Alcoholics Anonymous

Alcoholics Anonymous Meeting               Alcoholics Anonymous is many things, and its role changes over time for those who remain involved in it long term.

Most importantly, AA can be a life line for those who are suffering from the potentially fatal illness of substance abuse. It is a way of achieving freedom from alcohol and drug addiction with the help of supportive peers who have “been there.” At these times AA is about dealing with urgent and basic struggles.

For most people going to an AA meeting evokes both a wish to achieve sobriety and a sense of distrust of any “authority”. This distrust can be enhanced by early experiences because some people deal with the stress of new sobriety by throwing themselves into AA as if it is a missionary religion. Those who are wary about this enthusiasm may feel as if they are the only ones with those doubts, but they aren’t. We have been surprised to find out how often long time AA members will talk about profound misgivings they had when they went to their first meeting.

In the long run, personal success in AA comes with some level of acceptance of the structure itself, which supports people in dealing with the impulse to do self-destructive things in response to psychic anxiety and pain. The supportive structure can be sustaining on a long term basis.

Sometimes AA is falsely felt to be at odds with therapy.

The truth is that AA can supplement therapy, as therapy can supplement AA.

The goal of AA is to achieve a genuine stability and relatedness to others that is essential for those with substance abuse issues and also to deal with overwhelming shame that can make it hard to take care of these problems.

The goal of therapy is to move beyond the negative and to find ways of recapturing the positive qualities that have been twisted or deformed through life experiences.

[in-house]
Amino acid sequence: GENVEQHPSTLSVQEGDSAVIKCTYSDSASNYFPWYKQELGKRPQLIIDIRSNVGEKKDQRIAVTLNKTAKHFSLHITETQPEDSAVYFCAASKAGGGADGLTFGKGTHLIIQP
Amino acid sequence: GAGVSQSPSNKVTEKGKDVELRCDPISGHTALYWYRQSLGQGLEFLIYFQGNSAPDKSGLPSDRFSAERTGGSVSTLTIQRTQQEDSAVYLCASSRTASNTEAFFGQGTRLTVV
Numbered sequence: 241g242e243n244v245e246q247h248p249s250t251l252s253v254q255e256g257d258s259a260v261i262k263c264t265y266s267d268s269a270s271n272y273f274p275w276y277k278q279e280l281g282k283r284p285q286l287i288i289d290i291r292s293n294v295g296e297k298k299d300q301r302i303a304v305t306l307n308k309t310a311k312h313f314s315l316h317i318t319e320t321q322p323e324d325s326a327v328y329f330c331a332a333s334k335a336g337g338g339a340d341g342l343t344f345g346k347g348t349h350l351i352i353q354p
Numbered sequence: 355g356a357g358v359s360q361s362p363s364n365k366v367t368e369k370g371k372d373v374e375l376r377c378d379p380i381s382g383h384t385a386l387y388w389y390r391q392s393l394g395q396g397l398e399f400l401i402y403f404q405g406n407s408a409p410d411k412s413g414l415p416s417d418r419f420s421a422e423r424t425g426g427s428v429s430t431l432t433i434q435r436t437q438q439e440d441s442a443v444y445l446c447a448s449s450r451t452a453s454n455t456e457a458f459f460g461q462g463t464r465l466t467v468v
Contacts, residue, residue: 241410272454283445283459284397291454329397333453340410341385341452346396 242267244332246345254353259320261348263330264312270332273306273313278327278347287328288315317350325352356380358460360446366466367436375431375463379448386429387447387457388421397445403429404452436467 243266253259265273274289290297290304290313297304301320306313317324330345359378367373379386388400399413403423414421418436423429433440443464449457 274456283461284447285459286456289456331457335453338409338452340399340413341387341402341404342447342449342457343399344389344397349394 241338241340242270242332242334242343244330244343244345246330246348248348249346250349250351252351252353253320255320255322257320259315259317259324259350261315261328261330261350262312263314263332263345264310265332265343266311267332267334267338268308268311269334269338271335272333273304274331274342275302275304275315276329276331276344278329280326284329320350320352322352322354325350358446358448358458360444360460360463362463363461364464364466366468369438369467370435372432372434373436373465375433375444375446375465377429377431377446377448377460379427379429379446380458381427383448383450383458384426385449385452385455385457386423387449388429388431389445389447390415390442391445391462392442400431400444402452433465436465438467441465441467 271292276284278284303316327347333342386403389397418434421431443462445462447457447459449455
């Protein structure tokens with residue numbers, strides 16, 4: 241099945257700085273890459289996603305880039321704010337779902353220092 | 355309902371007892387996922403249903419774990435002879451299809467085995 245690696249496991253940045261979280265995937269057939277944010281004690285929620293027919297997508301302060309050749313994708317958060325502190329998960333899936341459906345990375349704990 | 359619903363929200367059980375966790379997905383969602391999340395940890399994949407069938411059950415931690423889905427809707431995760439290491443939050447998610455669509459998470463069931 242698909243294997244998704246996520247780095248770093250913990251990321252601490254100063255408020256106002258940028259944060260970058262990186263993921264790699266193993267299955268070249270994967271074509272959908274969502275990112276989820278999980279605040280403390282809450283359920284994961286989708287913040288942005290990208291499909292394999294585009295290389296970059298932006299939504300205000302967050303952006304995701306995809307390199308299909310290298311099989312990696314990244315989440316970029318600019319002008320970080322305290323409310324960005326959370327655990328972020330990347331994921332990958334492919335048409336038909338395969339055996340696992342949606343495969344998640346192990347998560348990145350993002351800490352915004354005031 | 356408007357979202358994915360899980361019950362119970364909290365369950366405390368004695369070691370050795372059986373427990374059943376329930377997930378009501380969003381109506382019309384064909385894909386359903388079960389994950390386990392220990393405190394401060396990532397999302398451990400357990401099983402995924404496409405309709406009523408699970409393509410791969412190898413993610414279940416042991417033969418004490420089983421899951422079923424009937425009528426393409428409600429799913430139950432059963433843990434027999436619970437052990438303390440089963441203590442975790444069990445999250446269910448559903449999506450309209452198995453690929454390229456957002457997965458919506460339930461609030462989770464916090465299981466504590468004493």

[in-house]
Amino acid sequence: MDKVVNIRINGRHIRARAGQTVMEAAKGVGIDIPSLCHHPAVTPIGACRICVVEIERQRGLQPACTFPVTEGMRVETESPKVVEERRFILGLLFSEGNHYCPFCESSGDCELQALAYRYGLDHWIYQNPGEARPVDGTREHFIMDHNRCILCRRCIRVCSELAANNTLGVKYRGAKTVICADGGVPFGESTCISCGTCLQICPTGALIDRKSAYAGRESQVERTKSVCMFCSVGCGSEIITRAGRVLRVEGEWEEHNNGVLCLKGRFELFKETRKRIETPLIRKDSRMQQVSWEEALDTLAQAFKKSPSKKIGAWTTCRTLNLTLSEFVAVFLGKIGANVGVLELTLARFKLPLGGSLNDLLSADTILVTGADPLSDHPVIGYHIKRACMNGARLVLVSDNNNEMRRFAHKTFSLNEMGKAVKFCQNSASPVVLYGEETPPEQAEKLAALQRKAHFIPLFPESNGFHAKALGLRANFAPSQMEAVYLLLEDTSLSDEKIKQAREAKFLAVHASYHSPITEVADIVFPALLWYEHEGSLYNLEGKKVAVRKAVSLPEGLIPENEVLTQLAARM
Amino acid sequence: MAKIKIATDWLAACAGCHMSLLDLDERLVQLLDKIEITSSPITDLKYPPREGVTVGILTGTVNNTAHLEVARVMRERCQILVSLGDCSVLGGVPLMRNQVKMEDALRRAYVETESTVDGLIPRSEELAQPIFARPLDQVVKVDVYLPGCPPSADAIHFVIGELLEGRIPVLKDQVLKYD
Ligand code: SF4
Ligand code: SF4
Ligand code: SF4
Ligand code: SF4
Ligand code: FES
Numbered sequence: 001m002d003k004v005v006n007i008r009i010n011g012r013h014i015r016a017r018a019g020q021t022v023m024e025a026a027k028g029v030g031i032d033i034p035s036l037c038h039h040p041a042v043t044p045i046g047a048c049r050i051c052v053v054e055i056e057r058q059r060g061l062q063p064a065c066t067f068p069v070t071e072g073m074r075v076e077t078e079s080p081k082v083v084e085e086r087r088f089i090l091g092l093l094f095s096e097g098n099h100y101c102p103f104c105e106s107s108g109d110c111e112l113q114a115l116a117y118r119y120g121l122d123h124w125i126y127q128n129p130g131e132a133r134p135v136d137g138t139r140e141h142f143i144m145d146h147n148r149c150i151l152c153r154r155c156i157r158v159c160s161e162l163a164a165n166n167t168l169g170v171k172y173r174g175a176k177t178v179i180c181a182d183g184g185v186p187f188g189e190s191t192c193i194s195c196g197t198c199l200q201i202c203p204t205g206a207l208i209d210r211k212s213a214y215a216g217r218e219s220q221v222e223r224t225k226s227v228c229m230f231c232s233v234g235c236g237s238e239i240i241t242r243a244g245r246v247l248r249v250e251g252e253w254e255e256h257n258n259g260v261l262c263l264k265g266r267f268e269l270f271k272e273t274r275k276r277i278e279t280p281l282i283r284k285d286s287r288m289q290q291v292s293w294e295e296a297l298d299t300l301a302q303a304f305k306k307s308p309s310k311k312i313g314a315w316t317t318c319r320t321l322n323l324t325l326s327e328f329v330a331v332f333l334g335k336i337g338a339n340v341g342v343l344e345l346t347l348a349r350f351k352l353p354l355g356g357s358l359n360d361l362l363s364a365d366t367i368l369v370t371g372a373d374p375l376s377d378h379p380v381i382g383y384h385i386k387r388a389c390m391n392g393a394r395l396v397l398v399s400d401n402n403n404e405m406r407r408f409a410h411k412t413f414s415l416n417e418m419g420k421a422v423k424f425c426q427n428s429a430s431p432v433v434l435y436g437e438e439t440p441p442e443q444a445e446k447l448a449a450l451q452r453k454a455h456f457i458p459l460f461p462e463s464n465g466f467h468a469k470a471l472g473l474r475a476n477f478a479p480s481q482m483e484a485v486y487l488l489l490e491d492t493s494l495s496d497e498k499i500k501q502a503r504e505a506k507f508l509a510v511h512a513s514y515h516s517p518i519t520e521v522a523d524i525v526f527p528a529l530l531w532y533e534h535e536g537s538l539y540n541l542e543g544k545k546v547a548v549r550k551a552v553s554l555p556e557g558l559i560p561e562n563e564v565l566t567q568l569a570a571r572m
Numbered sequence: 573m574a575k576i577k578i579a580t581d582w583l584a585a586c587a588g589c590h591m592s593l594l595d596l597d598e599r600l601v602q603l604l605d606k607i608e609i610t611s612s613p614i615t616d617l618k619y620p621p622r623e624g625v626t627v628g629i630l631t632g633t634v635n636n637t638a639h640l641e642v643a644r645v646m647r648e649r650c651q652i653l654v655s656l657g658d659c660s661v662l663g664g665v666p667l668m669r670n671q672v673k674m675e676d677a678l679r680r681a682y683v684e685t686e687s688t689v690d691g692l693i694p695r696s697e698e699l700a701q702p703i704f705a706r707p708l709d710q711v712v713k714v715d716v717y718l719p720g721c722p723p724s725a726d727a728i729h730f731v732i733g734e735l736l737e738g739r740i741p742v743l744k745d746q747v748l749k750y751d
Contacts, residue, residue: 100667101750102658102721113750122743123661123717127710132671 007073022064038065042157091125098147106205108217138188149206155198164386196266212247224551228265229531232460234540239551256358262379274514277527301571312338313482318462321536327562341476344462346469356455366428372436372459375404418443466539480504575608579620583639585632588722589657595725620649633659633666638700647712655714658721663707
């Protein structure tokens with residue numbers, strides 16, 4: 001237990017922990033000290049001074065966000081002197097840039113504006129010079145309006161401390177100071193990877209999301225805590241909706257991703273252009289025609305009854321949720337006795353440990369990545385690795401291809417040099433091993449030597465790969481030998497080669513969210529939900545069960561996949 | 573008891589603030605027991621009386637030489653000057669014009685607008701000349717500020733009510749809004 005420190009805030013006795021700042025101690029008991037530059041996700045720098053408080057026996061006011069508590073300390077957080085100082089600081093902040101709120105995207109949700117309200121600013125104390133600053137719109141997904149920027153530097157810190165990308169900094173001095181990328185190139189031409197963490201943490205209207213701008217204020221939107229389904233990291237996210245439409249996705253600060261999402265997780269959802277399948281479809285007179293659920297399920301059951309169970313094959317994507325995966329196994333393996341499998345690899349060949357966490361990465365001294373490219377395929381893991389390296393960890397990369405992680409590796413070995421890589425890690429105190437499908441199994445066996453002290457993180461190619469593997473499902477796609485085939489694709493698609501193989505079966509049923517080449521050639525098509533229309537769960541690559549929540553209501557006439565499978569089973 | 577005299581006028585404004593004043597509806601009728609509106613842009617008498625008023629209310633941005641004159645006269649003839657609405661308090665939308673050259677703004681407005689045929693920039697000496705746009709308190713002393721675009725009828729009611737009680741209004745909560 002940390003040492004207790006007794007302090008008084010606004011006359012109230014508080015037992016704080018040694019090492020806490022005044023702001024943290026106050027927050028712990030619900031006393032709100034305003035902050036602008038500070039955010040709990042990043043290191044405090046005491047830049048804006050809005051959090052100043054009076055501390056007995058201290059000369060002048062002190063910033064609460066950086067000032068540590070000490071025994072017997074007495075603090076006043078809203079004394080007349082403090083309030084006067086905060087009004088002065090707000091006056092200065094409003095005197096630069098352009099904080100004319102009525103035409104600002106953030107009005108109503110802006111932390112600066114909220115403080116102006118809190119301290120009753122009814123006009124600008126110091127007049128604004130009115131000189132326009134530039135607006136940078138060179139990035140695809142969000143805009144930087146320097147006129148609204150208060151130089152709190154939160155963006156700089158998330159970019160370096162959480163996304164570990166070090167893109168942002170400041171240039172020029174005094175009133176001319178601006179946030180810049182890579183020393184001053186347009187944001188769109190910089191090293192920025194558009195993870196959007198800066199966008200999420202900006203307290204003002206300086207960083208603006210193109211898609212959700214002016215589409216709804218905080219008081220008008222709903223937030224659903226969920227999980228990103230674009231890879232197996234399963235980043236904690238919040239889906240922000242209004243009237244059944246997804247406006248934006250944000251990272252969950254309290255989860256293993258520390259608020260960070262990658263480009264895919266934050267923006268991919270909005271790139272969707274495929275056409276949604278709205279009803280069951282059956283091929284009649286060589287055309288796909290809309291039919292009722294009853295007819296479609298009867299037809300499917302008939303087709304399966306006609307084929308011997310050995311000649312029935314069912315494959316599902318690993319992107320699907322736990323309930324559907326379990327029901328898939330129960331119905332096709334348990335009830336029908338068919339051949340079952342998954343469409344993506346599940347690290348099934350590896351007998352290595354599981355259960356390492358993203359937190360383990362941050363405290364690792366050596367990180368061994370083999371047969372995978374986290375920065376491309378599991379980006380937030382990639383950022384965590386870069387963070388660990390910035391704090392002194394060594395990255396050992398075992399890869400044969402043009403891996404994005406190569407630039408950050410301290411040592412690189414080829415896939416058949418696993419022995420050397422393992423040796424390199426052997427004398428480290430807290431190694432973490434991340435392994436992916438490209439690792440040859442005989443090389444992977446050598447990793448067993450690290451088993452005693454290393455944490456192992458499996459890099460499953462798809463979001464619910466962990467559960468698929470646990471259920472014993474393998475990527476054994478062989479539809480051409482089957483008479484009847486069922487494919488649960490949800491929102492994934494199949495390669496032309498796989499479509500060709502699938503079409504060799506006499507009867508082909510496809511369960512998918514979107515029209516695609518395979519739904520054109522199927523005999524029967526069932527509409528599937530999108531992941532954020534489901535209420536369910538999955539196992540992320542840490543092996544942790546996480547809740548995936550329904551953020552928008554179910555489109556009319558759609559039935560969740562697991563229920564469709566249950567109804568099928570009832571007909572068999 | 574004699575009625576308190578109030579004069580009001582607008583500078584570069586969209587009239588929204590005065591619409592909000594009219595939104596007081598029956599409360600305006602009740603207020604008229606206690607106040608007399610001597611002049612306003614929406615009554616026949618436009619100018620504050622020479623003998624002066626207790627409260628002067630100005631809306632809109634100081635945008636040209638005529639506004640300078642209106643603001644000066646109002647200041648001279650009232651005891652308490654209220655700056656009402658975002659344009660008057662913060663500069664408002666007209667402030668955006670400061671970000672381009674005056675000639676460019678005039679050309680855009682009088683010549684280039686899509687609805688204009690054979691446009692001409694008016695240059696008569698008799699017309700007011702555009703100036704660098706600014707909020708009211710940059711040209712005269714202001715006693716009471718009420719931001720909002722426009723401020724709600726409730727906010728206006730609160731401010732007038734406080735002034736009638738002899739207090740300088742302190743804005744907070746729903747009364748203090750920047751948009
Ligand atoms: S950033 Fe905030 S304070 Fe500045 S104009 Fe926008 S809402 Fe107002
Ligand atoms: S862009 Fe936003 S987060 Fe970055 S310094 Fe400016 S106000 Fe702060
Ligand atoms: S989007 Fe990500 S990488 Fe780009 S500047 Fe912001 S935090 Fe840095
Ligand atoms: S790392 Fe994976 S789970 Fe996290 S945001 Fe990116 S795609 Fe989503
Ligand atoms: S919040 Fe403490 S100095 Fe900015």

Both AA and therapy need very powerful grounding in a sense of hope and optimism, and a clear vision of possibilities that are “tailored” to individual needs, and to changes in those needs.

For more information we recommend these sites:

AASF – The AA website with the comprehensive meeting schedule for San Francisco and links to other Bay Area counties meetings. Very complete.

SFNA – The Narcotics Anonymous website for SF. Also a very complete meeting schedule. – We think this is really worth reading. Women for Sobriety is a peer support groups for women in substance abuse recovery. It is non-12-step oriented, but has a very empowering message.

Mindfulness Based Substance Abuse Treatment Works

substance abuseRelapse is common after substance abuse treatment, indicating that there is a clear need for effective followup options. A new study has found that cognitive-behavioral relapse prevention (RP) and mindfulness-based relapse prevention (MBRP) are both effective aftercare interventions for substance abuse treatment, but that the latter may have an especially enduring effect as far as reducing drug-use days and heavy drinking are concerned. The study was headed by Sarah Bowen, Ph.D., an assistant professor of psychiatry and behavioral sciences at the University of Washington. The results appear in JAMA Psychiatry.